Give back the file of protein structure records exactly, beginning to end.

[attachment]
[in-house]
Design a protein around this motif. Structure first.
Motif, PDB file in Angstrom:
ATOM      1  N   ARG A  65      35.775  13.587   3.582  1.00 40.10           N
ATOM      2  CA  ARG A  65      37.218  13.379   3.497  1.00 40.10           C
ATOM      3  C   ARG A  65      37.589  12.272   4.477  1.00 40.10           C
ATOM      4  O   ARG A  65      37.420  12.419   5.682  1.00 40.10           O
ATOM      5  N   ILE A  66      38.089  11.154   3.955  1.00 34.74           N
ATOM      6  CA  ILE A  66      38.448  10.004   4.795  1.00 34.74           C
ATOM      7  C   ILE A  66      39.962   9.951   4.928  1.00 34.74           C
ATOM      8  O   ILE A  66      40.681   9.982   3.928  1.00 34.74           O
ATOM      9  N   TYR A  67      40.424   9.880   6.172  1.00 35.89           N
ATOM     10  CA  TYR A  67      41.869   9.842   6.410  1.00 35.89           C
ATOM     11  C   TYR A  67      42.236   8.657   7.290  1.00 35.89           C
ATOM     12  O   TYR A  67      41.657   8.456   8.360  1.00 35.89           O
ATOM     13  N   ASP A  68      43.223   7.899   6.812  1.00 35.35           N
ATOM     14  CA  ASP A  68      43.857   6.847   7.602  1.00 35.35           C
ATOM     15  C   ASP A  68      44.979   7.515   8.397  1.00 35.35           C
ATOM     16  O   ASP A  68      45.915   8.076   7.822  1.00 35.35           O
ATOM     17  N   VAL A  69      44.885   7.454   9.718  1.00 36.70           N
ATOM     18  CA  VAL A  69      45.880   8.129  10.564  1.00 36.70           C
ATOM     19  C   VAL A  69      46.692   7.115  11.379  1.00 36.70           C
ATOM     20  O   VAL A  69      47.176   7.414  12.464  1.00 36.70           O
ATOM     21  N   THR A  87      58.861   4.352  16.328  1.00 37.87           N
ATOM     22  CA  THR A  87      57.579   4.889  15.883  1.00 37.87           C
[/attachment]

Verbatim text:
[in-house]
Design a protein around this motif. Structure first.
Motif, PDB file in Angstrom:
ATOM      1  N   ARG A  65      35.775  13.587   3.582  1.00 40.10           N
ATOM      2  CA  ARG A  65      37.218  13.379   3.497  1.00 40.10           C
ATOM      3  C   ARG A  65      37.589  12.272   4.477  1.00 40.10           C
ATOM      4  O   ARG A  65      37.420  12.419   5.682  1.00 40.10           O
ATOM      5  N   ILE A  66      38.089  11.154   3.955  1.00 34.74           N
ATOM      6  CA  ILE A  66      38.448  10.004   4.795  1.00 34.74           C
ATOM      7  C   ILE A  66      39.962   9.951   4.928  1.00 34.74           C
ATOM      8  O   ILE A  66      40.681   9.982   3.928  1.00 34.74           O
ATOM      9  N   TYR A  67      40.424   9.880   6.172  1.00 35.89           N
ATOM     10  CA  TYR A  67      41.869   9.842   6.410  1.00 35.89           C
ATOM     11  C   TYR A  67      42.236   8.657   7.290  1.00 35.89           C
ATOM     12  O   TYR A  67      41.657   8.456   8.360  1.00 35.89           O
ATOM     13  N   ASP A  68      43.223   7.899   6.812  1.00 35.35           N
ATOM     14  CA  ASP A  68      43.857   6.847   7.602  1.00 35.35           C
ATOM     15  C   ASP A  68      44.979   7.515   8.397  1.00 35.35           C
ATOM     16  O   ASP A  68      45.915   8.076   7.822  1.00 35.35           O
ATOM     17  N   VAL A  69      44.885   7.454   9.718  1.00 36.70           N
ATOM     18  CA  VAL A  69      45.880   8.129  10.564  1.00 36.70           C
ATOM     19  C   VAL A  69      46.692   7.115  11.379  1.00 36.70           C
ATOM     20  O   VAL A  69      47.176   7.414  12.464  1.00 36.70           O
ATOM     21  N   THR A  87      58.861   4.352  16.328  1.00 37.87           N
ATOM     22  CA  THR A  87      57.579   4.889  15.883  1.00 37.87           C